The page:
Posted: February 18th 2021
by Katherine Hardwick, Collections Coordinator
Thomas William Coke (1754-1842) did a great many things for Holkham, particularly with regards to the wider estate and farmland. Generally, his contribution to the wonderful collection in the hall pales in comparison to that of his ancestor, Thomas Coke, 1st Earl of Leicester (1697-1759), who collected the vast majority of what is displayed in the State Rooms. However, Thomas William did add to the collection in a few, meaningful ways.
One interesting group of paintings was purchased by Thomas William from the sale of his friend, the Liverpool banker William Roscoe (1753-1831). Something of a Renaissance man, Roscoe was also a respected historian and art collector, in particular being an important collector of works of the Italian Renaissance. However, in 1816 he had run into financial difficulties, caused by the failure of his bank. In order to provide ready money, he sold almost all of his possessions at a six-day sale in 1816.
It is not known exactly how Thomas William met Roscoe, but the two shared interests in agriculture and were supporters of Whig politics and in particular Charles James Fox. However, what is clear is that they became good friends; as well as correspondence and visits to each other’s houses, between 1815 and 1822 Roscoe worked with the book binder John Jones to re-organise and catalogue the Holkham library, rescuing many valuable manuscripts from languishing in the attics in the process. So, when Roscoe’s financial woes became known, Coke was anxious to help. Knowing his friend’s pride would not let him accept charity, Coke instead purchased a number of works from the Roscoe sale, to help alleviate his friend’s debts. In total, he spent £1,868 on books and £1,105 on paintings.
This group of paintings forms an interesting group of outliers in the collection. Almost all the paintings collected by the 1st Earl were from the 17th and 18th centuries, whereas the pieces acquired from the Roscoe sale were significantly older. They also form the only set of works purchased by Thomas William, who tended either to acquire single pieces when the opportunity arose or to commission works with a political message from friends in the Royal Academy; one such work was a portrait of Roscoe himself, commissioned by the Royal Academician Sir Arthur Shee in 1817. This work was subsequently donated to the Corporation of Liverpool in 1860, and hangs in the Walker Art Gallery, which itself was founded on the acquisition of 37 paintings from the Roscoe collection in 1819.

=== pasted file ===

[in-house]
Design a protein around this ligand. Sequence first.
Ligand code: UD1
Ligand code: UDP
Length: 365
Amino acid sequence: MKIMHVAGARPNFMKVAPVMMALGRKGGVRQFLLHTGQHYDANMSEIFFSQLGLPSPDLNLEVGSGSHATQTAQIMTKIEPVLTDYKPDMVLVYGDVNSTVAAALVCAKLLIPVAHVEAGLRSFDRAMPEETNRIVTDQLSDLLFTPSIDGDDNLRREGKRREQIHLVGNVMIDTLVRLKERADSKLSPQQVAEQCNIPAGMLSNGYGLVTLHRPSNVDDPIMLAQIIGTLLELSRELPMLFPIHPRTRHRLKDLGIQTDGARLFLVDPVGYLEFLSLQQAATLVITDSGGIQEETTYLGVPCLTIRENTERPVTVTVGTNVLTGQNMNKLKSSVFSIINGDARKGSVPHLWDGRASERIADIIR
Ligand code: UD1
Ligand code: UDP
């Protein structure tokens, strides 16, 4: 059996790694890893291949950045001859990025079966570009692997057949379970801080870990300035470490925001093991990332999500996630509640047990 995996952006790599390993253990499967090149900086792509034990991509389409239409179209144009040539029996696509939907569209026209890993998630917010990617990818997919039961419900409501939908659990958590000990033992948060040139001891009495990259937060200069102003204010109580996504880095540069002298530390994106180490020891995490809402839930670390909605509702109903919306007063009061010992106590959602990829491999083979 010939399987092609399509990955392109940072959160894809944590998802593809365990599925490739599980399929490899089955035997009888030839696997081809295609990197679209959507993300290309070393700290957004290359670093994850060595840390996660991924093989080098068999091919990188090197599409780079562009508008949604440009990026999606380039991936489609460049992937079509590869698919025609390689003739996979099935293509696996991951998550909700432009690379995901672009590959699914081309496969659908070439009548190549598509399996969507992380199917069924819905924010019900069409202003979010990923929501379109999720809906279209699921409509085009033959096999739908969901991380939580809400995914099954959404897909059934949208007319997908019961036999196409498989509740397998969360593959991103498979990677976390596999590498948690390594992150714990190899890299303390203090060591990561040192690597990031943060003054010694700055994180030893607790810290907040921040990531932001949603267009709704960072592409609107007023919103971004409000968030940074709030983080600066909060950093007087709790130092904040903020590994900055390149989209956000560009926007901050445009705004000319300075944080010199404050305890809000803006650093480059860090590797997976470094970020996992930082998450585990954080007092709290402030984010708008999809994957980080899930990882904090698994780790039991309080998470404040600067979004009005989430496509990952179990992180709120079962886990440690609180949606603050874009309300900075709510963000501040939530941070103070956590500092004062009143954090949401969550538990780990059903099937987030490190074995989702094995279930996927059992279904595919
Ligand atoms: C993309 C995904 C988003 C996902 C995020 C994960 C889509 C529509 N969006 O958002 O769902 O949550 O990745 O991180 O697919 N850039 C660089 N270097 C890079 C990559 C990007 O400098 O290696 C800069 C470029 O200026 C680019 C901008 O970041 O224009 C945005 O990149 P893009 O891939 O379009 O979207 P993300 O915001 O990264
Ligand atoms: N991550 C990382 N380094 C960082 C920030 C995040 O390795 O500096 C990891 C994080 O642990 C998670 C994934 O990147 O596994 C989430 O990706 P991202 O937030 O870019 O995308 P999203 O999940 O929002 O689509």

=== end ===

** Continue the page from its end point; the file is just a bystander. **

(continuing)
The first painting purchased from the Roscoe sale is this depiction of a young couple in love. It has confounded attempts at attribution, having been listed at various times as Giorgione, Bronzino, Lorenzo Zacchia, and most recently, Vincenzo Tamagni. This last attribution was suggested by the curators of an exhibition in Rome, to which the work was loaned in 2017.
The second painting was purchased under the attribution of Leonardo da Vinci, though this seems highly unlikely. Despite the spurious attribution, it appears Thomas William had a soft spot for the work, as he commissioned the painter Thomas Hargreaves (1774-1847) to make a miniature copy of it. This version was re-acquired by the estate a couple of years ago, and has since undergone restoration so that it might be re-displayed.
A third work bought from the sale is a copy of Raphael’s portrait of Pope Leo X with Cardinals, c.1518. The original hangs in the Uffizi, Florence. This version is thought to have been painted by Giorgio Vasari, best known as the author of ‘Lives of the Most Eminent Painters’. However, early sources believed it to be a famous copy by Andrea del Sarto, though we now know for certain the del Sarto copy hangs in the Museo di Capodimote, Naples.
The del Sarto copy was famous due to the story attached to its origin. Supposedly, Raphael’s original was so greatly admired by contemporaries, that Federigo II Gonzaga, Marchese of Mantua, requested that the Pope give it to him as a gift. The Pope, unwilling to part with a favourite painting, asked del Sarto to make a copy, which he sent to Mantua in 1525 claiming to be the original. Vasari knew of this deception, and recounted that del Sarto had signed the edge of the canvas, which he showed to the Marchese to prove it was a copy. The Holkham version was purchased as this famous copy, however, much to Thomas William’s disappointment, no signature was found on the edge of the canvas. In the 20th Century, the real del Sarto work was identified in Naples, putting the matter beyond any doubt.
The next Roscoe-provenanced item is this work, dated to 1518, depicting the Holy Family with Saints John the Baptist, Anthony Abbot and James the Greater. Originally purchased under the attribution of Bernardino Luini (1480-1532), the work was initially hung in the North State Dressing Room. In 1910 it was moved to its present location in the Chapel Gallery, by the 3rd Earl, who installed a set of Brussels tapestries in place of the earlier picture hang.
The final item purchased from the Roscoe sale is one which is no longer part of the Holkham collection, and was sadly sold to pay death duties in 1986. Depicting the Madonna and Child with St Helena and St Francis, it was originally attributed to Ghirlandaio and Michelangelo, who was specifically described as painting the frieze at the bottom. The work has subsequently been attributed to Amico Aspertini (1474-1552). It was purchased by the National Museum of Wales where, in normal times at least, it hangs on permanent display. Click here to see the work.